“Hawaii Five-0” needed a Hail Mary Monday (Feb. 18) night to soar and score, but alas, “Castle,” its chief competition, prevailed at No. 1 in the 9 p.m. (10 p.m. Mainland) timeslot.
With a Pro Bowl football game as a backdrop, the CBS procedural failed to score as the ABC drama — airing part one of a two-parter — pulled a 2.2 in the adults 18-49 rating, up 2 per cent from last week, and 9.67 million viewers, compared to “Five-0’s” 2.0 per cent demo and 8.99 million viewers, down 5 per cent from a week ago.
The shrinkage and the loss ought to be major concerns for CBS, but producers seem oblivious to viewer response questioning problematic scripts.
CBS’ lead-in comedy shows, in the two-hours preceding the Hawaii-filmed series, topped their respective slots — “How I Met Your Mother,” with 3.4 demos and 8.85 million viewers, at 7 p.m.; “Rules of Engagement,” with 2.8 demos and 8.4 million, at 7:30 p.m.; “2 Broke Girls,” with 3.4 demos and 10.11 million, at 8 p.m.; and “Mike & Molly,” with 3.1 demos and 10.33 million, at 8:30 p.m.
"Five-0” was middling and worrisome.
The show needs to pass, punt or run to score big and cross that goal line.
The latest episode, themed “Pā‘ani (The Game),” offered challenges and potential, but the show fumbled, with more of the same-old, same-old.
The bromance thing, with Danno (Scott Caan) and Steve McGarrett, has become an overdone irritant; the two argue about anything and everything, even fave footballers, and it’s overkill. Pass, already. Too predictable.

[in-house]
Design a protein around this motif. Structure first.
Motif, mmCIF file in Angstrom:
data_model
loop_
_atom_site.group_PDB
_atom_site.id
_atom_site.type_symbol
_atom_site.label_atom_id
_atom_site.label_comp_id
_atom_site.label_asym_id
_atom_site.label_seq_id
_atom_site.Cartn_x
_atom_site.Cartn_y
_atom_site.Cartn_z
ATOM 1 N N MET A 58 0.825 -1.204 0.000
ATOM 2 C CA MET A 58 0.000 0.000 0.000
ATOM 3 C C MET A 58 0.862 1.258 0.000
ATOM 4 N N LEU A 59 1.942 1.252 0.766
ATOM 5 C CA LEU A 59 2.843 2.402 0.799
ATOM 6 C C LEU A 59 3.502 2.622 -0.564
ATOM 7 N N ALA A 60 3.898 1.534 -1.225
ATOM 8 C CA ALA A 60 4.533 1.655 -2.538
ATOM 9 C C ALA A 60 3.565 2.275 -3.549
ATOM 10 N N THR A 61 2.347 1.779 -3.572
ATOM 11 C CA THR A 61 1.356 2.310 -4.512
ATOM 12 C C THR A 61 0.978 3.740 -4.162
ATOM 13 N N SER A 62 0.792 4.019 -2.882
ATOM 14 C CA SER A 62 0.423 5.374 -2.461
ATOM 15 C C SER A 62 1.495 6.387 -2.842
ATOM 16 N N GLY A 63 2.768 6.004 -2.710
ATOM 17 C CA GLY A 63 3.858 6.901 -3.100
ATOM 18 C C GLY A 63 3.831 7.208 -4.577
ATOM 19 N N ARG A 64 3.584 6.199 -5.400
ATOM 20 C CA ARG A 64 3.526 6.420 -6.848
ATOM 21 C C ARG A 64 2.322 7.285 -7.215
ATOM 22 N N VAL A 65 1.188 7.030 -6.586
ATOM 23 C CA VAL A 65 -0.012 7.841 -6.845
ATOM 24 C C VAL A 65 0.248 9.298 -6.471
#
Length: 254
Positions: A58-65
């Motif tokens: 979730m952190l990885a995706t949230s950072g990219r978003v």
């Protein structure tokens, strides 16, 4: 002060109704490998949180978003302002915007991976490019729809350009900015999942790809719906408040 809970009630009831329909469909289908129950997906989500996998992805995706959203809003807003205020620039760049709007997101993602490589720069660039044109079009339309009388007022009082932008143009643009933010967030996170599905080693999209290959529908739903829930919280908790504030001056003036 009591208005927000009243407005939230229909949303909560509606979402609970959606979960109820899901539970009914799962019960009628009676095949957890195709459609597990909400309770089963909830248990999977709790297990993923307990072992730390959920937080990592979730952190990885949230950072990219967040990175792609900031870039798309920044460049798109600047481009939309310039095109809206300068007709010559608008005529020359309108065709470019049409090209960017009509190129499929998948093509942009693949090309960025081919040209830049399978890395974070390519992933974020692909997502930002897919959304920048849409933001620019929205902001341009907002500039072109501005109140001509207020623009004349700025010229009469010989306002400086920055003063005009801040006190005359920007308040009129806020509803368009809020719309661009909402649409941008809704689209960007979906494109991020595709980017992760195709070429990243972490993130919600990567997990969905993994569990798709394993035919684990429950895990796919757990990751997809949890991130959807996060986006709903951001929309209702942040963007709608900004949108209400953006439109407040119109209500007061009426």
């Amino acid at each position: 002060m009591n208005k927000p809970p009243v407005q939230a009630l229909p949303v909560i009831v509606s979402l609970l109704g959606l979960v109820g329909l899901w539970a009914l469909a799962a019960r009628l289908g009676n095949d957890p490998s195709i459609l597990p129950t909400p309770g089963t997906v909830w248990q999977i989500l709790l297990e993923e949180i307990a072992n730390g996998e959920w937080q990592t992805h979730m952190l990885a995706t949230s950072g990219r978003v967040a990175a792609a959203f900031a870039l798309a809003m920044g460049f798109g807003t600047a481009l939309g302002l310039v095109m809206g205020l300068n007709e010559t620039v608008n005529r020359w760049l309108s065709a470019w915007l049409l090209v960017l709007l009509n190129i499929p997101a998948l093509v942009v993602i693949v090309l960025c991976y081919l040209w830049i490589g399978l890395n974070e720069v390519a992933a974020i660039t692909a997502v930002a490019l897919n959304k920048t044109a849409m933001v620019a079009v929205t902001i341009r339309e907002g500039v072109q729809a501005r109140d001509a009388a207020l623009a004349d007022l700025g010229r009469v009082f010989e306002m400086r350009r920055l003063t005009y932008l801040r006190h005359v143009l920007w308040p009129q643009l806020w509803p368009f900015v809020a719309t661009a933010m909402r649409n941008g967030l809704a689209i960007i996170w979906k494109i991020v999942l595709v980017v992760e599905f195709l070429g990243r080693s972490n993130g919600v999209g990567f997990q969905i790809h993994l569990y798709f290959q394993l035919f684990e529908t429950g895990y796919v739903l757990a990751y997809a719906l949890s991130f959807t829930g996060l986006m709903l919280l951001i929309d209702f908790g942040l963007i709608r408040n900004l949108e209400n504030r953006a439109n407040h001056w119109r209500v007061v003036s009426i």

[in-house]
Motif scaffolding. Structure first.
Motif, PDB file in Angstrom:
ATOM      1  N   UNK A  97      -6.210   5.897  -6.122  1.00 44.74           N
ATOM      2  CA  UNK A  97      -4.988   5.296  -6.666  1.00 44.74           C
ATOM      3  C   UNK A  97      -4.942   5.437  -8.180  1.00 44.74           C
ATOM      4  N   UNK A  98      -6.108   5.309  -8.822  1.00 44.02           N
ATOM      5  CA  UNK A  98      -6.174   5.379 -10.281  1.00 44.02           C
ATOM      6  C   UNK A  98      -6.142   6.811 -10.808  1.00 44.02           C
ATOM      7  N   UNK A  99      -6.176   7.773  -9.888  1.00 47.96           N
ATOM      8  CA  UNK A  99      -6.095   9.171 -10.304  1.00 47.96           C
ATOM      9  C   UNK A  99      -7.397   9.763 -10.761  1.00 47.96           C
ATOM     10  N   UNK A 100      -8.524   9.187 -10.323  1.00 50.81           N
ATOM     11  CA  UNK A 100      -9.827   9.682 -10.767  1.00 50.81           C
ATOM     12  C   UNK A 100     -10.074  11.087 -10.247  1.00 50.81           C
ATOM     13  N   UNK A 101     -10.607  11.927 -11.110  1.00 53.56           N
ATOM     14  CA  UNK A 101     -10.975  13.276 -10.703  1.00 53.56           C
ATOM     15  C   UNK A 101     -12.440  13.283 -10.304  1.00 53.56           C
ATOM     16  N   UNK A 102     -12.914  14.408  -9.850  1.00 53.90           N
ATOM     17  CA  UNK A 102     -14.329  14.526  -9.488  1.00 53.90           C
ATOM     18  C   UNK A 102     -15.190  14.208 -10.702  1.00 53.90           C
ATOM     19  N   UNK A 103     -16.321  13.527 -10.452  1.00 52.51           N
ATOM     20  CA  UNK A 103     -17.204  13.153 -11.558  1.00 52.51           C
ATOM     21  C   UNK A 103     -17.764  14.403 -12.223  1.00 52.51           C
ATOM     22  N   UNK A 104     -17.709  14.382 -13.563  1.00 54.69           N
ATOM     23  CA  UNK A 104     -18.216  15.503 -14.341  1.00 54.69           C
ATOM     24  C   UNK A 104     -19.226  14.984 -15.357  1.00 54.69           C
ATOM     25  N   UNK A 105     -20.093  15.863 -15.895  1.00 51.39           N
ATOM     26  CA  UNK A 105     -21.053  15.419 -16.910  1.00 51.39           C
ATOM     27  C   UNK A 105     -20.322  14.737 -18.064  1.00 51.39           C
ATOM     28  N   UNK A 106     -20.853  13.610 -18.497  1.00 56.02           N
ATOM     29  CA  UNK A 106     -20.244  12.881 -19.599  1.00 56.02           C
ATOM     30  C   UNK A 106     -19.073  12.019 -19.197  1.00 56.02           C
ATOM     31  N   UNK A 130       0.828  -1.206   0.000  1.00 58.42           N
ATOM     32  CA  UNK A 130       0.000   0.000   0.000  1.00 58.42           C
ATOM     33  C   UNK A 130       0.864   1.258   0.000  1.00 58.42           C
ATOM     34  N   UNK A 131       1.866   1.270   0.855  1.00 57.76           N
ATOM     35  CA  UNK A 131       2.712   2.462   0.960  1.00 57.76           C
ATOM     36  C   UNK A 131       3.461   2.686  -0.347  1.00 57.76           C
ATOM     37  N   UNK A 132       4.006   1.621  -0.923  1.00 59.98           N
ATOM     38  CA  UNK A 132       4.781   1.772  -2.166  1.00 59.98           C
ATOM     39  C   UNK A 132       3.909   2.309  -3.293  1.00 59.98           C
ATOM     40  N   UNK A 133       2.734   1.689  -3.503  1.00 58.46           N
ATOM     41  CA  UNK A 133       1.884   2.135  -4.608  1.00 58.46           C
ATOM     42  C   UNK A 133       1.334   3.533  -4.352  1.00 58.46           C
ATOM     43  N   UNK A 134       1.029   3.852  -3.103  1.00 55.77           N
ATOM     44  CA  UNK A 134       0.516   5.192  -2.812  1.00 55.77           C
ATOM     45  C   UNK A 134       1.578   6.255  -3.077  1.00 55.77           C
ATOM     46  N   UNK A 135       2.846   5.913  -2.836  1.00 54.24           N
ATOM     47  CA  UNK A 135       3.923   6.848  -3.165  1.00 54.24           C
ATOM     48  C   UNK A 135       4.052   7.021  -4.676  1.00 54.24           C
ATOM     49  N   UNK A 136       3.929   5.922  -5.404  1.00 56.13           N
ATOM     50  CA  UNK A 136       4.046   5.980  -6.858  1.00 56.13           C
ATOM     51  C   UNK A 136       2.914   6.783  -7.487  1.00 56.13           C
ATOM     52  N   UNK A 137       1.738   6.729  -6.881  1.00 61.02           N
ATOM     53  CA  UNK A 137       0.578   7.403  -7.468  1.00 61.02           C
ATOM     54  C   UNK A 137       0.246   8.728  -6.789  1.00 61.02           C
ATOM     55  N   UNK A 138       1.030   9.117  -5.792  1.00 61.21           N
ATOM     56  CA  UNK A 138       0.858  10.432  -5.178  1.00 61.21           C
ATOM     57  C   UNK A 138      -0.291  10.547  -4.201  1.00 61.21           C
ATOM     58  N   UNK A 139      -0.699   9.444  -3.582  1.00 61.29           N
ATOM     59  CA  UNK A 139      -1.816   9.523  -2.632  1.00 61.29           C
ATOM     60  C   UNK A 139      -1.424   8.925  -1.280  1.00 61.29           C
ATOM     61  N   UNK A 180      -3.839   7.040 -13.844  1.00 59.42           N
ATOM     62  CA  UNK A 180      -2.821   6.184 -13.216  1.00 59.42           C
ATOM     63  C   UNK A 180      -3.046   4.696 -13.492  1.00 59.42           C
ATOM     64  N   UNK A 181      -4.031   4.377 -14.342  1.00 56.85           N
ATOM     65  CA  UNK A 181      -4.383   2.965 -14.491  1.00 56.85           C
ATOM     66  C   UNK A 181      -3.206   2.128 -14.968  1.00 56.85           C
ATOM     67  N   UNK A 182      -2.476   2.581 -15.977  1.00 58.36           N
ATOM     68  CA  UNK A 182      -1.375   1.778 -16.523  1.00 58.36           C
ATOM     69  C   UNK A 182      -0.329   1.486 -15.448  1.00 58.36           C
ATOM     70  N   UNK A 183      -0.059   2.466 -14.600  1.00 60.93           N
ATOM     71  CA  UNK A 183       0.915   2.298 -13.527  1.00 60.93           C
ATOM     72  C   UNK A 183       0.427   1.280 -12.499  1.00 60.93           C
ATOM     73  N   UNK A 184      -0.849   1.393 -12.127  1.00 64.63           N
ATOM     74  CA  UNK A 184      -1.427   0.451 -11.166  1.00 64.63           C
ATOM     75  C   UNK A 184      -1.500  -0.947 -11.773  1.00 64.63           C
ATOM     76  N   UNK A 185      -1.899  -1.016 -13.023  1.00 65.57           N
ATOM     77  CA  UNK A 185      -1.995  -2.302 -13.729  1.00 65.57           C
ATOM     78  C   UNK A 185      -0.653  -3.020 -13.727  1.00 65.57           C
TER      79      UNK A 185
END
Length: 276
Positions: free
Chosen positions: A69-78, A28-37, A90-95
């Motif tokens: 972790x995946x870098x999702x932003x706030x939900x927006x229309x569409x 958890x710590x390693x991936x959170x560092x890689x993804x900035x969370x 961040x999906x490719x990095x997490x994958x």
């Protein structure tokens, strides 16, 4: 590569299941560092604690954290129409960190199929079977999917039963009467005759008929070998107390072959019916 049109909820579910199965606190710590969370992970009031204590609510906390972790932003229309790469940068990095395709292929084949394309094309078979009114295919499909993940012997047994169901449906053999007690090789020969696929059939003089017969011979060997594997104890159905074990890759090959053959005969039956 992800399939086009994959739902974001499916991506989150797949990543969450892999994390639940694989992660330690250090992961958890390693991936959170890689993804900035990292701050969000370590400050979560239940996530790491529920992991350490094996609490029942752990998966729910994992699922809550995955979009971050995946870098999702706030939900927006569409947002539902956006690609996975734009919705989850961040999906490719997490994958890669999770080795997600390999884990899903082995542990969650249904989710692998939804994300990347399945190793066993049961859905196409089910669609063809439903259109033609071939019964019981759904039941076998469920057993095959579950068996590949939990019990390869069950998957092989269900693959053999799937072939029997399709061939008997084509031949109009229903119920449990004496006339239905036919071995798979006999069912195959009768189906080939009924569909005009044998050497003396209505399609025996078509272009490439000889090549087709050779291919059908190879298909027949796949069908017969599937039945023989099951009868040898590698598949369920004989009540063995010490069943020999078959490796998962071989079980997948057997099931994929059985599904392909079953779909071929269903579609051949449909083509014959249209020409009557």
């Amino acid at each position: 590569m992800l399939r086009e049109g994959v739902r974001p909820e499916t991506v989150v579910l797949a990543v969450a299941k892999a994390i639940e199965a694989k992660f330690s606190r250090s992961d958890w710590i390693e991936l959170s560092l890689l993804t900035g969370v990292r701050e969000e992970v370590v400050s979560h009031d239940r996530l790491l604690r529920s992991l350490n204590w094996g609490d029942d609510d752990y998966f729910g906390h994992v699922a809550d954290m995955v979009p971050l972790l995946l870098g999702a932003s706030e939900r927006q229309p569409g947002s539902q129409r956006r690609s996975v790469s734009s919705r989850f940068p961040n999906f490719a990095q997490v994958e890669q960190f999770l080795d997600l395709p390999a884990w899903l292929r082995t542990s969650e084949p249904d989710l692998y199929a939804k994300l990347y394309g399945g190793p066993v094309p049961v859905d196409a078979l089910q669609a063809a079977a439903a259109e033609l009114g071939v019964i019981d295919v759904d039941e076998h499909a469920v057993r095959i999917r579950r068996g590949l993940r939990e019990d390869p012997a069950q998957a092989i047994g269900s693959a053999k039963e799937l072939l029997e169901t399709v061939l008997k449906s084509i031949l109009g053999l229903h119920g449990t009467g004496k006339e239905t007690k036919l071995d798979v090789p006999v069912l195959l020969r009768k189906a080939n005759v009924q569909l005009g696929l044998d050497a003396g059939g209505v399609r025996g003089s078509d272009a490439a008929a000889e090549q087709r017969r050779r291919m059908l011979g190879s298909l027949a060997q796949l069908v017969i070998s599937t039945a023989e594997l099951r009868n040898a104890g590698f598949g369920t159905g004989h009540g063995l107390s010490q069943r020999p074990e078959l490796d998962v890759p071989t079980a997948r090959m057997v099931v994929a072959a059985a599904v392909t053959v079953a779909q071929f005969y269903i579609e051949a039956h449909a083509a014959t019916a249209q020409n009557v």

The romance thing, with Steve and Cath (Michelle Borth), is lukewarm and unconvincing. Punt, already — or maybe go for a quarterback sneak. Make it happen, at least once in a while.
The guest-role thing, with the likes of Larry Manetti (Rick, from “Magnum P.I.”), Pat Monahan, from Train and Arian Foster from the Pro Bowl, needed more work. Manetti can’t sing, so why make him? Monahan can sing, so why didn’t he? Foster could’ve figured in a real (well, reenacted) gridiron situation, not just pass on a key clue. Run with it, please?
What the show does very well, week after week, is stage an awesome opening sequence that’s swift, sleek, sensational — and that chopper offering aerial views and camouflaged soldiers in a tactical drill had the kind of emotion and commotion of great drama.
Too bad what followed was the customary awkward plotting with lack of definition and plenty of unnecessary linkage. Like, Nick was a pal of McG’s dad?
The show still needlessly drills into the past, mining for more character options and morsels of gold, with little relevance. Isn't it time to really open the playbook and, gulp, replace the coach?